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  • Clarke v Allen & Anor [2019] EWHC 1193 (Ch) The widow brought claims against the two daughters of her deceased husband. Deputy Master Linwood found that the will did not make reasonable financial provision for her, and awarded the widow her proposed nursing home charges plus an amount for pension loss, totalling £731,309. One daughter’s conduct included financial abuse, oppression via court proceedings, and attempting to mislead various parties including the court. She had flouted court orders, dissipated savings and investments, and failed to account for her activities as executor, the holder of the power of attorney and the recipient of rent. He drew adverse inferences against her and found that she should forfeit £80,000 of her share of the residue to the widow. The other daughter would forfeit £1000. Judgment, 08/07/2019, free
  • AEY (Permission to Appeal Civil Restraint Order) [2018] EWHC 3253 (Fam) The father of the two girls, one of whom was in voluntary care, the other living with the mother, had made serious and unfounded allegations against the mother and HHJ Tolson QC. He was now making multiple applications for permission to appeal. Knowles J decided that all the applications were without merit, and none should be granted. He made an extended civil restraint order preventing the father from making any further applications. Judgment, 08/07/2019, free
  • S v D (Hague Convention: Domestic Abuse: Undertakings: Return to Third State) [2019] EWHC 56 (Fam) In a tweet: Successful application by a father (“F”) for return of the child to a state other than the one in which the family had been habitually resident when the wrongful removal occurred. Case note, 08/07/2019, members only
  • A (Foreign Adoption Recognition) [2018] EWHC 3468 (Fam) In brief: A successful application for recognition of an adoption order made in the Philippines in 2006 in which the judge found that the four pre-requisites to recognition of adoption in common law, as set out in Re N (Recognition of a Foreign Adoption) [2016] EWHC 3085, had been met. The Secretary of State for the Home Department was joined as an interested party because the outcome of the decision impacted the family’s prospects of applying to live in the UK. Case note, 08/07/2019, members only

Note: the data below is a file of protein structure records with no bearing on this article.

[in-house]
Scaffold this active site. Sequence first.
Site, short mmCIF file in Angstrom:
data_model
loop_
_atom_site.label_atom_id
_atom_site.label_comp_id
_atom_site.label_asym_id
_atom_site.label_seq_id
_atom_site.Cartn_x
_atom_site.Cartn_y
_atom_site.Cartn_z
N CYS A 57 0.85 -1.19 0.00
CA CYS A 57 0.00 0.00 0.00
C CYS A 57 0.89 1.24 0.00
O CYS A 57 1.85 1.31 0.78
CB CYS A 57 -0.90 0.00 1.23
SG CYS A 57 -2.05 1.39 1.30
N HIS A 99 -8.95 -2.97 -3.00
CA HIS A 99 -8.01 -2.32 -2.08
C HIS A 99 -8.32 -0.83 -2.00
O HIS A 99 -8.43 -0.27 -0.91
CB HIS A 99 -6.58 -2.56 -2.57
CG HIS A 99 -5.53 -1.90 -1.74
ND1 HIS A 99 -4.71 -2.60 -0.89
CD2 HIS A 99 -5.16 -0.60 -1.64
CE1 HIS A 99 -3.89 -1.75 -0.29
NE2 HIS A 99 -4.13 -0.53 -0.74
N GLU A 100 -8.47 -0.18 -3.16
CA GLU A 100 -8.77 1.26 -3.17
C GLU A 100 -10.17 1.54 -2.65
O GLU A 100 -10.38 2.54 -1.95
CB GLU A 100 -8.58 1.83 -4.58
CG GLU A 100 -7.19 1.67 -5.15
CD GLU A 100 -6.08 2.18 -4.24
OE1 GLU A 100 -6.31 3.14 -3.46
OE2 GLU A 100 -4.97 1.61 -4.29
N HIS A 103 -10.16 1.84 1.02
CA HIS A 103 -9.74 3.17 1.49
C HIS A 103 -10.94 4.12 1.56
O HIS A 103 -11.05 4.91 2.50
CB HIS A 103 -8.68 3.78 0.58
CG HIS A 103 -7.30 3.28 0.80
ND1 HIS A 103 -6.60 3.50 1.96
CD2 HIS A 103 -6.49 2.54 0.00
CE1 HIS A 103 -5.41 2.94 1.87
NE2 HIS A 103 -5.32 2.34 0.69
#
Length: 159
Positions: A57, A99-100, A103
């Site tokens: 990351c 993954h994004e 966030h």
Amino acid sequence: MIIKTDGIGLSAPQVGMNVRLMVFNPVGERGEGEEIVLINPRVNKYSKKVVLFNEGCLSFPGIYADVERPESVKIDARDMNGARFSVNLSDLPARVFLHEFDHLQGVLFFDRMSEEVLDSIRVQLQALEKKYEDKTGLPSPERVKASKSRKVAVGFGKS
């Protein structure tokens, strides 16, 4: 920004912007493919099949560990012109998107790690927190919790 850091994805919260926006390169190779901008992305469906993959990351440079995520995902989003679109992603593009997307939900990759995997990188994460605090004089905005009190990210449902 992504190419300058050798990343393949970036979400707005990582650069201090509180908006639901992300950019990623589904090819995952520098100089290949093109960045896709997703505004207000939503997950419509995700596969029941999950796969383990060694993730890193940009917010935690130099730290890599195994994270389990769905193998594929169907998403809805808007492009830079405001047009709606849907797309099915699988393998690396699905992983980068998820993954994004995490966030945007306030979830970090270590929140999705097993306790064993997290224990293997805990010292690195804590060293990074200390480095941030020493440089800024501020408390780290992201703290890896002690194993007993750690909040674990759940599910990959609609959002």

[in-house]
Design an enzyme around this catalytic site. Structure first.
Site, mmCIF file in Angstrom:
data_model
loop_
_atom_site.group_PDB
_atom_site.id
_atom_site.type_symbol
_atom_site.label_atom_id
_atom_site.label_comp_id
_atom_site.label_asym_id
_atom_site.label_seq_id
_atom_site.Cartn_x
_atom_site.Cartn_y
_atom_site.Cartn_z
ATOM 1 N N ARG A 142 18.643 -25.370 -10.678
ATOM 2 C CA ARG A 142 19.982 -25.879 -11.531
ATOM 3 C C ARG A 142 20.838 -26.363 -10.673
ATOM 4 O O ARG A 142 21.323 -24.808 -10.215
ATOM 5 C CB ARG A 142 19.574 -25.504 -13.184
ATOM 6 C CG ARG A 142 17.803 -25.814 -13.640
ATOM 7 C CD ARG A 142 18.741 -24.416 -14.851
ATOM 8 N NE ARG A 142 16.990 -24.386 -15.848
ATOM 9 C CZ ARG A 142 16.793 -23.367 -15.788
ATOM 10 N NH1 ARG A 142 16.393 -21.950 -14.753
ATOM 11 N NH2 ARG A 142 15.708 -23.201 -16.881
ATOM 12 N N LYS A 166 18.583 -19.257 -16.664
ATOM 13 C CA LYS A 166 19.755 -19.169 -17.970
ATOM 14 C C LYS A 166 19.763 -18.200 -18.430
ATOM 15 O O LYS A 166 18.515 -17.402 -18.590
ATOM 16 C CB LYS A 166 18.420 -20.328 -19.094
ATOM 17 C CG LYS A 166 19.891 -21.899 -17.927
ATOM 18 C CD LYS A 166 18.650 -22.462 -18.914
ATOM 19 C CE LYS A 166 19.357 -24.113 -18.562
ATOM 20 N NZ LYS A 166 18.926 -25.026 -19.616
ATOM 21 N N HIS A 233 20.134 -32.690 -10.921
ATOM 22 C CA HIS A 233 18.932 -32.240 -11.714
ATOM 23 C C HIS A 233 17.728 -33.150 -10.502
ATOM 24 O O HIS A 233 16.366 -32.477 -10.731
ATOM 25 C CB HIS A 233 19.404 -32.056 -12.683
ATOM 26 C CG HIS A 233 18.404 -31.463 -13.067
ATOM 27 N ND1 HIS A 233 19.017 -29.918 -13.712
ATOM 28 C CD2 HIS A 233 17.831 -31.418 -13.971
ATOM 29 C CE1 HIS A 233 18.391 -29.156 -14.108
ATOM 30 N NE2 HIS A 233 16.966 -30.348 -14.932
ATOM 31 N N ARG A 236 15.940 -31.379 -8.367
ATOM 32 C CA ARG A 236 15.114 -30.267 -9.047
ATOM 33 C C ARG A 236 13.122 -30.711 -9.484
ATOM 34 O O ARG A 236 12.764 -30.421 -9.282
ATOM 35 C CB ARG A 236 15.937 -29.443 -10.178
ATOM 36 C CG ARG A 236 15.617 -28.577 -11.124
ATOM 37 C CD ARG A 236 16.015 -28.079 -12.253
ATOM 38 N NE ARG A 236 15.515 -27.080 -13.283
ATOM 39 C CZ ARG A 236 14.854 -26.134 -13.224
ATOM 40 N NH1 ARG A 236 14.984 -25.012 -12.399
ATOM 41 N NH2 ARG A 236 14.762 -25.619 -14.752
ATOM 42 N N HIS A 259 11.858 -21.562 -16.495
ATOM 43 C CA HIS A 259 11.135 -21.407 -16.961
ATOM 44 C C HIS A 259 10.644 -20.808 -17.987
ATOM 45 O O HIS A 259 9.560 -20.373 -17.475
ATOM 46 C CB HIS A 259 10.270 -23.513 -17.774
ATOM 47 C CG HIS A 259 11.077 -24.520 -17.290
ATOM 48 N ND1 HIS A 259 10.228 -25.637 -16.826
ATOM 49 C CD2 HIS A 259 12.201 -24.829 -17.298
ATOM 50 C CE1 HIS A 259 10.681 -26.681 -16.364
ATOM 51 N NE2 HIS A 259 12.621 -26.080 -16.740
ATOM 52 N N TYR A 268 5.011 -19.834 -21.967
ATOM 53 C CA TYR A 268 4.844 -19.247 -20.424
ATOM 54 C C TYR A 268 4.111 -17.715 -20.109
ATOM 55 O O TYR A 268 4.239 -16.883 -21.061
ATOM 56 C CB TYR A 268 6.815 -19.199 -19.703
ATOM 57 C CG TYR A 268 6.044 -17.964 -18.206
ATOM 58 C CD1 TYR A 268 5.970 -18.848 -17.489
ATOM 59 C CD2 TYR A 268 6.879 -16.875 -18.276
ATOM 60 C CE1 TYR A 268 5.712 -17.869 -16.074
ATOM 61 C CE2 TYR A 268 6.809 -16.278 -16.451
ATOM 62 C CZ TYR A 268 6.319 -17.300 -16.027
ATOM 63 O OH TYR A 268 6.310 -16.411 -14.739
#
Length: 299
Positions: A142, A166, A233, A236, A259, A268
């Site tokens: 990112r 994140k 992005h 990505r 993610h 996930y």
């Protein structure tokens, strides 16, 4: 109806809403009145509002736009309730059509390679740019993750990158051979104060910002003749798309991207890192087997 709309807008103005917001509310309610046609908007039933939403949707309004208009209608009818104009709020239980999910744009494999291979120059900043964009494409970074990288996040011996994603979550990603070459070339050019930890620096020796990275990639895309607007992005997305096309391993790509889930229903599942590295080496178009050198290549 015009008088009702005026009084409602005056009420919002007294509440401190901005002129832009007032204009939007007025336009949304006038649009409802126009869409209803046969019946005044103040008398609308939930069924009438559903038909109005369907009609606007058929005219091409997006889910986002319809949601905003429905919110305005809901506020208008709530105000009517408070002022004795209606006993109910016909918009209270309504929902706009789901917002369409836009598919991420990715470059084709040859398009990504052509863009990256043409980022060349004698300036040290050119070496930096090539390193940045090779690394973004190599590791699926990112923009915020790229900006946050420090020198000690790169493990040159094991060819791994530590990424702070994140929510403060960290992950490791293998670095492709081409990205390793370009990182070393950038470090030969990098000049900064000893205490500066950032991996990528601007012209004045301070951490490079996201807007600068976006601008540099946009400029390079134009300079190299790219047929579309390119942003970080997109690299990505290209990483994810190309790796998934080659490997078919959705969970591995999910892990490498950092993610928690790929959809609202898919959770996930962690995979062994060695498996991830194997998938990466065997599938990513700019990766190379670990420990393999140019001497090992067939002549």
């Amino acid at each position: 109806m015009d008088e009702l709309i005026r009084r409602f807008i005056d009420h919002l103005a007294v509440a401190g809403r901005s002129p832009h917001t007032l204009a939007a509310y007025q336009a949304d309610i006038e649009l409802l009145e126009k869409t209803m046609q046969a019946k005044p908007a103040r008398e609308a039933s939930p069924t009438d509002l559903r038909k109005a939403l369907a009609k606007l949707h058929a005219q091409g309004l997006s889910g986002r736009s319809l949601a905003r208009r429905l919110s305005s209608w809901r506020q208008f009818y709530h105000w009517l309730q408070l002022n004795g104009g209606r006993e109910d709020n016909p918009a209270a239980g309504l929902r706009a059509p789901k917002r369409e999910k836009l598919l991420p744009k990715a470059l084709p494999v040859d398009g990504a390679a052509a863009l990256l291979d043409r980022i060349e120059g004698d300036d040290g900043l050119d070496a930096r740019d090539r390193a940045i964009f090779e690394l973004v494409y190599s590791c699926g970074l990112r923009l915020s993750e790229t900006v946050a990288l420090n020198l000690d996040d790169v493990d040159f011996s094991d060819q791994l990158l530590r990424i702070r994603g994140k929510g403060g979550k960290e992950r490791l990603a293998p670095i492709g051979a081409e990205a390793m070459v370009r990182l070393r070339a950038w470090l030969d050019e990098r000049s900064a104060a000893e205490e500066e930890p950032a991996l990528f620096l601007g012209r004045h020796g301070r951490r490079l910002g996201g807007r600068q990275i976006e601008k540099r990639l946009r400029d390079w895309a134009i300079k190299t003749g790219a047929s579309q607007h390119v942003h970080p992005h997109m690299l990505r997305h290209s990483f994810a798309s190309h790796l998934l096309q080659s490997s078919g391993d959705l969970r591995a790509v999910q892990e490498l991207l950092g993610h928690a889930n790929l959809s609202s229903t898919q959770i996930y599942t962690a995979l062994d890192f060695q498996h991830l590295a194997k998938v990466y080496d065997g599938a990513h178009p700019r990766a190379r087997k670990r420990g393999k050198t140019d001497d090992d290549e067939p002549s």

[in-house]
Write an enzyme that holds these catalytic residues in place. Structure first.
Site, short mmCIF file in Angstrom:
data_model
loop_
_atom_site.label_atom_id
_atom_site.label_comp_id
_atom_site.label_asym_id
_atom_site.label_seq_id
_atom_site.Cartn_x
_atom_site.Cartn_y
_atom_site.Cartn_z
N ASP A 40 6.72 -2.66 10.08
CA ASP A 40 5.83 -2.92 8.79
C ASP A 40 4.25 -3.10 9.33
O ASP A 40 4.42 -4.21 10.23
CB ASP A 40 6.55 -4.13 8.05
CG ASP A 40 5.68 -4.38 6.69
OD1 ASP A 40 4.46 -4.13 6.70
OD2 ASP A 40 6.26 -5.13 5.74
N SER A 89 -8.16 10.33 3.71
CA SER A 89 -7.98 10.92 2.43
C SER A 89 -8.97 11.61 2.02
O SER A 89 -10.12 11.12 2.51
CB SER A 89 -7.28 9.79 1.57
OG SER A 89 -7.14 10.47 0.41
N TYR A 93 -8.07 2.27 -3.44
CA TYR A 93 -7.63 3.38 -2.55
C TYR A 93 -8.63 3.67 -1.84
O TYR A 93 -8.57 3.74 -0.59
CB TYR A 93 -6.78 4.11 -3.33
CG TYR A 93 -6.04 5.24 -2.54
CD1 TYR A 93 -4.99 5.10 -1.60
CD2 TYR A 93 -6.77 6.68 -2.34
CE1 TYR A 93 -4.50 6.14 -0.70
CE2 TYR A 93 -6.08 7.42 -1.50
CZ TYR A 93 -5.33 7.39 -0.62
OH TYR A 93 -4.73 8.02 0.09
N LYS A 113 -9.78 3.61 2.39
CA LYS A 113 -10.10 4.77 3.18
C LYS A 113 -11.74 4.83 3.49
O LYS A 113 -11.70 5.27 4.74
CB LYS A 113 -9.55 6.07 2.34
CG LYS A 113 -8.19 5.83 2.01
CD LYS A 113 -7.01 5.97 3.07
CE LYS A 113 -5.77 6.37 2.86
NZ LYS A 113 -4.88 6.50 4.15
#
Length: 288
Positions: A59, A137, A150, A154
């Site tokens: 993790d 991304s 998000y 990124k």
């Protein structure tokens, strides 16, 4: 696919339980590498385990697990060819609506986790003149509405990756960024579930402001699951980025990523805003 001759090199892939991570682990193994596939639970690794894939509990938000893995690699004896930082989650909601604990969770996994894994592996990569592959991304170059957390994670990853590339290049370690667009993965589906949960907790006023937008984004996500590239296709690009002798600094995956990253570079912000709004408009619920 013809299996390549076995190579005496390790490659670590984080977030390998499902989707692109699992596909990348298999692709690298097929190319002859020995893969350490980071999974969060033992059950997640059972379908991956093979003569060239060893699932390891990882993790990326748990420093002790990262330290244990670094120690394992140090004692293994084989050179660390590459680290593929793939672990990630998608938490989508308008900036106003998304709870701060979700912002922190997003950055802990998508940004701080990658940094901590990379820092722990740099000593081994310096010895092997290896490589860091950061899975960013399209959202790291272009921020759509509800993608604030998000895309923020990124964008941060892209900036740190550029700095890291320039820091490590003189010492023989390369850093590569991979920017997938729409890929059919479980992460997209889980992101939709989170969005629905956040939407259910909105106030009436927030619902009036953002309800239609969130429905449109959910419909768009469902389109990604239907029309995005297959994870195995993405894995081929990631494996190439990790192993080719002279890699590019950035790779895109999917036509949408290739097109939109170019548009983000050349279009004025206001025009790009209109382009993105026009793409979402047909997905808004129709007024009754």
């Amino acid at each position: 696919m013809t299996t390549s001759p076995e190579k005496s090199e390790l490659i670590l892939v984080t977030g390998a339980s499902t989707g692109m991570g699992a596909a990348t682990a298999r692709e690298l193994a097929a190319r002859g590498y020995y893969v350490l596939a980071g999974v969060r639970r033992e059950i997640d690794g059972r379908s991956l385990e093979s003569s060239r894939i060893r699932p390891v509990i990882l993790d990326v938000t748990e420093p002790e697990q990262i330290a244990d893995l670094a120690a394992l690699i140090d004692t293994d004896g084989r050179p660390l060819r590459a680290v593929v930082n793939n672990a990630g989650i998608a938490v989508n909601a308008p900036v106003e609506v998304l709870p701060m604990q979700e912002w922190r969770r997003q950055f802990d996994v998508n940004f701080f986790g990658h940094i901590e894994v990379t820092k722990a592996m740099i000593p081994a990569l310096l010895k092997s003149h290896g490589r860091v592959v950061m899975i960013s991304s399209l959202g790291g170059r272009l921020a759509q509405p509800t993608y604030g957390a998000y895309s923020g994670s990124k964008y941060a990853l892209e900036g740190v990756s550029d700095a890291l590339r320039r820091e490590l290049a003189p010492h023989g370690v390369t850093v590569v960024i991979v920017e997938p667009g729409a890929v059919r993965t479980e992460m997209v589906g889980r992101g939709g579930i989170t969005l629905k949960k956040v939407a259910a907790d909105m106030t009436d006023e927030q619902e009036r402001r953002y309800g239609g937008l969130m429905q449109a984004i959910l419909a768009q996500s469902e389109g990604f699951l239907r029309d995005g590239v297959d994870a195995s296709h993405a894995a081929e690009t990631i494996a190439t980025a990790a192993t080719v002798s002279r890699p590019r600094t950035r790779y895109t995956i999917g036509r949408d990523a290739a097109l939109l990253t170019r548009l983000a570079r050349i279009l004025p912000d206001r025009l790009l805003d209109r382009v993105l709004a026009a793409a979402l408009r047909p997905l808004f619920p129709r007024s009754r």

• AH (Mother) and AMH (Father) [2018] EWCH 2981 (Fam) In brief: The mother’s (“M”) application for a summary return of the parties’ son to the Republic of Sudan (a non-Hague Convention country) was allowed by the judge. The judgment is helpful in distilling the legal principles applicable in the context of a non-Convention application, as well as summarising neatly the key considerations to be assessed and weighed in determining a child’s habitual residence. Case note, 08/07/2019, members only
  • YC v AC [2018] EWHC 2406 (Fam) In a tweet: Successful application made under the Hague Child Abduction Convention despite a delay where mother (“M”) had been unaware of the Convention prior to her application. Case note, 08/07/2019, members only
  • AR v JR [2018] EWHC 3626 (Fam) In a tweet: H’s application to strike out W’s FR claim on the grounds it was vexatious/already compromised was dismissed. Case note, 04/07/2019, members only
  • BC v BG [2019] EWFC 7 In a tweet: The courts’ poor service - which had effectively forced the parties into arbitration – did not dilute the magnetic importance of the arbitration agreement. Case note, 04/07/2019, members only
  • Liberato v Grigorescu (C-386/17) EU:C:2019:24 In a tweet: Does breach of the lis pendens rule mean that a judgment cannot be recognised? Case note, 04/07/2019, members only
  • Working group, set up by President of the Family Division, meet to discuss medical experts in family proceedings Symposium taking place on 4th July. News, 04/07/2019, free

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